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Maersk Launches Biofuel Project with H&M

Maersk Launches Biofuel Project with H&M

A.P. Moeller-Maersk, the largest container shipping line in the world, has launched a new customer-focused initiative as part of its drive towards carbon neutral transportation.

According to a statement, the carrier is piloting a new carbon neutral product with select customers looking for sustainable supply chain solutions, with retail giant H&M Group being the first to take part.

The project will see ships use biofuel used to transfer cargo, and it will be the same blend which has been tested and successfully validated in a trial with the Dutch Sustainability Growth Coalition (DSGC) and Shell.

The biofuel, made from waste sources, in particular, cooking oil, has been certified as a sustainable fuel by the International Sustainability & Carbon Certification (ISCC) body.

 

 

Maersk says it give H&M Group the ability to reduce their transport and logistics emissions and drive both parties towards their goal of achieving eco-friendly shipping.

The Roundtable on Sustainable Biomaterials (RBS) will provide a procedure to ensure carbon savings are accredited to Maersk’s customers appropriately.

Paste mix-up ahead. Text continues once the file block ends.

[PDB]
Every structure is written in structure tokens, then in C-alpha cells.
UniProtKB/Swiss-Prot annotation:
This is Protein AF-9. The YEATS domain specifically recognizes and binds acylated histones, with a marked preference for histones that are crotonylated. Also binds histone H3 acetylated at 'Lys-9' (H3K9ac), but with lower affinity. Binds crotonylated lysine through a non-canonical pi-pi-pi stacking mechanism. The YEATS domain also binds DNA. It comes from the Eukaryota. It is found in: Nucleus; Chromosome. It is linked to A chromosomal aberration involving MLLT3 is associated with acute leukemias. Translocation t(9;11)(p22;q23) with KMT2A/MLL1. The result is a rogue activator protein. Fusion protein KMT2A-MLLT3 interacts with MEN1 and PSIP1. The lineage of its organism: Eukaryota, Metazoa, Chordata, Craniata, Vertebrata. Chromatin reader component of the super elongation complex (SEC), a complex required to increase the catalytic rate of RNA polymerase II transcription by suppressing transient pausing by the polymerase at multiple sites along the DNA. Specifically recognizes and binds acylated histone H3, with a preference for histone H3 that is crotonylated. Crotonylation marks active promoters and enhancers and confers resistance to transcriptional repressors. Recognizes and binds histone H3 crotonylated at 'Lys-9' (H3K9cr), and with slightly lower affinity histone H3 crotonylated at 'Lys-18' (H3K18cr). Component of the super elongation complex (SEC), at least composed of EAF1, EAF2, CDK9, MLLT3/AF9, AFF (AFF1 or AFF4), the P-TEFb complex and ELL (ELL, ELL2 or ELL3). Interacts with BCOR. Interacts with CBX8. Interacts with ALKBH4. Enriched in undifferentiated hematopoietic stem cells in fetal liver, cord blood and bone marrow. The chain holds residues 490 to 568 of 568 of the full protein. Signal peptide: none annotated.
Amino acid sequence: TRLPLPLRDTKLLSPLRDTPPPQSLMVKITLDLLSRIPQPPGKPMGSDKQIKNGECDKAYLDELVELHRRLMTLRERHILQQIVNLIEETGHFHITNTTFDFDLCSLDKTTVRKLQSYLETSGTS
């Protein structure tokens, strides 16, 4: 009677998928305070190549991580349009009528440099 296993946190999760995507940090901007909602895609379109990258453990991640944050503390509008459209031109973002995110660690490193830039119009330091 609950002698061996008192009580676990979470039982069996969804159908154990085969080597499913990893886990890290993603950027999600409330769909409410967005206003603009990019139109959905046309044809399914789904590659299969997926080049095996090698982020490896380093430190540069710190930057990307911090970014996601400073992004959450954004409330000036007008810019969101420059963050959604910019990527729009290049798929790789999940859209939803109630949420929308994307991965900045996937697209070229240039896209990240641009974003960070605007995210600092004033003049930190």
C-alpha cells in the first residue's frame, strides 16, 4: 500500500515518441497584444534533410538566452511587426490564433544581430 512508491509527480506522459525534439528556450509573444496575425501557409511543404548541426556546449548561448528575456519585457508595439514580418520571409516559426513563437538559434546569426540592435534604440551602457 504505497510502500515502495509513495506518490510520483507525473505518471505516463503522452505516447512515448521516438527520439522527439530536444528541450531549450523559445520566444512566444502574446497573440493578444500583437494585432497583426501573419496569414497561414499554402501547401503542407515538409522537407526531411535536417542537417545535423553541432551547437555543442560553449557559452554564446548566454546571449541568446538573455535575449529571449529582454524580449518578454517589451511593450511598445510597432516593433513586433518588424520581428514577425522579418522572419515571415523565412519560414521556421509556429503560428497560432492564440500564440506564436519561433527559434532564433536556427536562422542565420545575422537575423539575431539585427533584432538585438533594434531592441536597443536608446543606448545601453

A recent Port Technology technical paper looked at the industry's journey towards eco-friendly shipping

Maersk goes on to say that when the full lifecycle view, which includes all emissions from upstream production and transportation, the fuel entails savings of 85% compared to bunker fuel.  

Speaking about the project, Maersk’s CEO Soren Toft said: “The biofuel trial on board Mette Maersk has proven that decarbonized solutions for shipping can already be utilized today, both technically and operationally.

“While it is not yet an absolutely final solution it is certainly part of the solution and it can serve as a transition solution to reduce CO2 emissions today.

“With the launch of this product, Maersk seeks to help our customers with their goal of moving to sustainable supply chains.”

Helena Helmersson, COO, H&M Group, said: “Our high ambition to become climate positive by 2040 requires cooperation and engagement from all parties in the supply chain.

“We want to use our size to be a force for good and enable scaling innovative solutions, such as the carbon-neutral ocean product, for greener commercial transport.”

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